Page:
In your world it is Memorial Day. You are connected to someone who died while serving in the military. Unlike many in my generation, no one among family or friends died in World War II or the Korean War.
Then there was U.S. intervention in Vietnam, or as it was known there, "the American War." In my twenties and thirties then, I met parents of young men who were intent on not being drafted. When Ron taught at Oberlin College (1967-69) there was a Dean who left his job, moved the family with two almost draft-age sons to Canada.
Once I began my therapy practice, a few Vietnam veterans came my way as spouses when Ron and I did couple therapy. One clearly had PTSD though it had not yet been named in the DSM-3. A state trooper, he had grown up in a family with profoundly problems. He entered the military, as happens often, to get distance. We told him he could not bring his gun into our office (also our home),
Another couple we were seeing for the first time. Husband worked for the FBI. This led to one of several unexpected experiences I had with client behavior. Because we were getting supervision from another therapist, we'd tape record, with permission, all our sessions. We were using a two-sided, 60-minute tape.
At the end of 30 minutes, the machine clicked. This man immediately reached for his gun, then stopped. Along with his wife, Ron and I were stunned for a moment. He, like the state tropper, was not pleased when told the weapon would have to be left in his car next time.
Before Vietnam, my connection with war were only two. My father who was in business at the time took a second job in a St. Louis munitions factory making weapon for the war. My mother told me this when she decided to leave St. Louis with me to move back to New York. "Your father might get drafted," she announced. Since he hardly spoke to me about the experience, that might have been the reason for another of our numerous moves. Or the beginning of the end of their relationship. My wartime memories are school connected--collecting tin foil from my mother's cigarette packs, adding stamps to my war bond books.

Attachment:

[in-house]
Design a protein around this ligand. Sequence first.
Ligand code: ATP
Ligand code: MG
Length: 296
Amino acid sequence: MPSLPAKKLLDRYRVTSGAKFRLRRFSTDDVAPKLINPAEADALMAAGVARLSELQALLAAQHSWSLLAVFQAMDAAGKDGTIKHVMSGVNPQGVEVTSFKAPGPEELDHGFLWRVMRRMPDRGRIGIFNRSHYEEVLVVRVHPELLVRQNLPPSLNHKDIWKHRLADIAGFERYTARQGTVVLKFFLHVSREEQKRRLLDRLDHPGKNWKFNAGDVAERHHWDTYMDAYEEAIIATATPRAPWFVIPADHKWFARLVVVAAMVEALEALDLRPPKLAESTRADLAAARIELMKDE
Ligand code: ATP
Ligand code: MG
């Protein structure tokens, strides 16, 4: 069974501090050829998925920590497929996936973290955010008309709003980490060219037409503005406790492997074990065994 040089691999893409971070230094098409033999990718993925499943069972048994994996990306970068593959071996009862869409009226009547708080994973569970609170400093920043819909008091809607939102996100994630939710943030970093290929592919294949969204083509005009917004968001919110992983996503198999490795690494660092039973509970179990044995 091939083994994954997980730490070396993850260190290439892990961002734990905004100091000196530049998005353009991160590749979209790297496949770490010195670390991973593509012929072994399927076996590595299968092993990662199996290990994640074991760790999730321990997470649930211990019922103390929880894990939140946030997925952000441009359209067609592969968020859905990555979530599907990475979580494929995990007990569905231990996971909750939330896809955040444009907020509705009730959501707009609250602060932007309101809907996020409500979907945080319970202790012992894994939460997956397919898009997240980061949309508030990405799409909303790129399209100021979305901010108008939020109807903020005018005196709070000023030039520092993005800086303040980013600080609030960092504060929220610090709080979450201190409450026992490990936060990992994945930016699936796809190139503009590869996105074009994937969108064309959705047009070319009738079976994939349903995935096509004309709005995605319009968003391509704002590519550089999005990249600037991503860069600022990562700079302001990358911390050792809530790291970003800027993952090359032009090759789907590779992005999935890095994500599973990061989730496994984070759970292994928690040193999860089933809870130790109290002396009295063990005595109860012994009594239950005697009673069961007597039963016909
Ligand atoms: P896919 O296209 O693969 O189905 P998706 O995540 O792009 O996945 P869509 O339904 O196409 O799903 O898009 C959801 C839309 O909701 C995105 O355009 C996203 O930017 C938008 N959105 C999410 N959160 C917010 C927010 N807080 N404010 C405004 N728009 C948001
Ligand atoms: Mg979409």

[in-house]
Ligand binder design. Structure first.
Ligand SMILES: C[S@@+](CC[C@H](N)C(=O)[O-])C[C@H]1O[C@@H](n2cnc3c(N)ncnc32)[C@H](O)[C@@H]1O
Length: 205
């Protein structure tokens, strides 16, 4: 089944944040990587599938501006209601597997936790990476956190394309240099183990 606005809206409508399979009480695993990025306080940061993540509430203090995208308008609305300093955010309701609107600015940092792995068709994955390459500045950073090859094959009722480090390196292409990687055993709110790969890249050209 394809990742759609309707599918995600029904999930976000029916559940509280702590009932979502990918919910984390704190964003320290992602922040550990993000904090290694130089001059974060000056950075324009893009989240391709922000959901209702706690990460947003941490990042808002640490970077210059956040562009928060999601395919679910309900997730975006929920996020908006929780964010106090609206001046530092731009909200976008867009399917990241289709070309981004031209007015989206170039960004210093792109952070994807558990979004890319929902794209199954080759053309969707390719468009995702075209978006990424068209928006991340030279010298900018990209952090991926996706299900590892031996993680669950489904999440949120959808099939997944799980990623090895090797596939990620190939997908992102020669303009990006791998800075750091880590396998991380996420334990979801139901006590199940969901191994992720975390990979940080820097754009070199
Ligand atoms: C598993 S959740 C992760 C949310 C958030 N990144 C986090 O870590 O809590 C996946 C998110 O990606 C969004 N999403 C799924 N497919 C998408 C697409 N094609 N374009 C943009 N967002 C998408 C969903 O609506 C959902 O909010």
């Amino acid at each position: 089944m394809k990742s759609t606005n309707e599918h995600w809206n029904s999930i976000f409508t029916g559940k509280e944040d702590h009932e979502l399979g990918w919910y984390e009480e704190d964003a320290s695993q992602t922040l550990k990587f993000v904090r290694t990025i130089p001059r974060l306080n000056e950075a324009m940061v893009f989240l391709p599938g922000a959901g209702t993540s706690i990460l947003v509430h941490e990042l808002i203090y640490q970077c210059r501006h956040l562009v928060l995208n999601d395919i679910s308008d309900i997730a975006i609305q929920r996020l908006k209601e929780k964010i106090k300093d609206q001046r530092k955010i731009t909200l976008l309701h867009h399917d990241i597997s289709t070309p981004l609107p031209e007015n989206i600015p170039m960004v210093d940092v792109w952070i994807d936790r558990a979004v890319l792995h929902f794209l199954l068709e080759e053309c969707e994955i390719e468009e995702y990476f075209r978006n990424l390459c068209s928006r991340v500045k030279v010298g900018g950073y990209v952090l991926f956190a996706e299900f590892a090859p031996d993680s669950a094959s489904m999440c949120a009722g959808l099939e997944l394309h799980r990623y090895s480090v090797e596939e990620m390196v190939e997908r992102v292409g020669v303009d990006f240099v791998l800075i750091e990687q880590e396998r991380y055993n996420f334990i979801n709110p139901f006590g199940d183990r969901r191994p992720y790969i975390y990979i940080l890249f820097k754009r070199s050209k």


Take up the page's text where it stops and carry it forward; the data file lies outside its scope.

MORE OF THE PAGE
Where my dread of guns came from is unclear to me. Like other Americans it was Vietnam that put the images of war into my consciousness. Last week Portland became another city have an Art=Ammo demonstration in support of sensible gun laws. Lorin Latarro, dancer and choreographer initiated the idea last February in New York; video from that one starts when you click the link.
Even though I knew my body did not have it to lie on the ground, I went because there is so little happening in a creative way around gun control. Maybe it would be helpful, I thought to draw a chalk outline around the bodies on the ground. Discovered my serious limitations in this. Even crouching to make the chalk marks was too much for me--apparent in this video from the Oregonian. It did not help that I went to Pioneer Square just after an appointment at the Apple store and carried my MacAir.
March against Monsanto arrived on Saturday, brought out estimated 6,000 women, men, children. Sunny Saturday a couple of days later. It is an equally dark cause--us against big corporate money--but somehow defending food makes joyfullness more possible. I could have created a little red hen hat to wear. And stayed upright.